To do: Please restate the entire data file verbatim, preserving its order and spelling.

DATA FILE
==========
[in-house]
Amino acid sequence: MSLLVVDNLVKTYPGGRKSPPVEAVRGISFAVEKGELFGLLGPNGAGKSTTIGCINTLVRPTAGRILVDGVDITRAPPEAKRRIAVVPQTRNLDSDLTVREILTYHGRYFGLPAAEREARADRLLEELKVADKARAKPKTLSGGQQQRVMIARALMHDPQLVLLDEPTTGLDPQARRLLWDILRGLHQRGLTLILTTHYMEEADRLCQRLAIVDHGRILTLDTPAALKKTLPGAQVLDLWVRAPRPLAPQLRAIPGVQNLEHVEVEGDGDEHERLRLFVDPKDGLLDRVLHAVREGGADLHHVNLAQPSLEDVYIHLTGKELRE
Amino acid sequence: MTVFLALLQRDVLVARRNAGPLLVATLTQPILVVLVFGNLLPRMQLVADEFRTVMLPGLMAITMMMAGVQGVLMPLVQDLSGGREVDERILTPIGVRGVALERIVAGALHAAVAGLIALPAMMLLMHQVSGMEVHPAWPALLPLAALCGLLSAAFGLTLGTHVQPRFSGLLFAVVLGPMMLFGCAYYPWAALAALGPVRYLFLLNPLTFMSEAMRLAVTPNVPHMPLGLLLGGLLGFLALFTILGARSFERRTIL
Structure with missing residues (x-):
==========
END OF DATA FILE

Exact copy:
[in-house]
Amino acid sequence: MSLLVVDNLVKTYPGGRKSPPVEAVRGISFAVEKGELFGLLGPNGAGKSTTIGCINTLVRPTAGRILVDGVDITRAPPEAKRRIAVVPQTRNLDSDLTVREILTYHGRYFGLPAAEREARADRLLEELKVADKARAKPKTLSGGQQQRVMIARALMHDPQLVLLDEPTTGLDPQARRLLWDILRGLHQRGLTLILTTHYMEEADRLCQRLAIVDHGRILTLDTPAALKKTLPGAQVLDLWVRAPRPLAPQLRAIPGVQNLEHVEVEGDGDEHERLRLFVDPKDGLLDRVLHAVREGGADLHHVNLAQPSLEDVYIHLTGKELRE
Amino acid sequence: MTVFLALLQRDVLVARRNAGPLLVATLTQPILVVLVFGNLLPRMQLVADEFRTVMLPGLMAITMMMAGVQGVLMPLVQDLSGGREVDERILTPIGVRGVALERIVAGALHAAVAGLIALPAMMLLMHQVSGMEVHPAWPALLPLAALCGLLSAAFGLTLGTHVQPRFSGLLFAVVLGPMMLFGCAYYPWAALAALGPVRYLFLLNPLTFMSEAMRLAVTPNVPHMPLGLLLGGLLGFLALFTILGARSFERRTIL
Structure with missing residues (x-):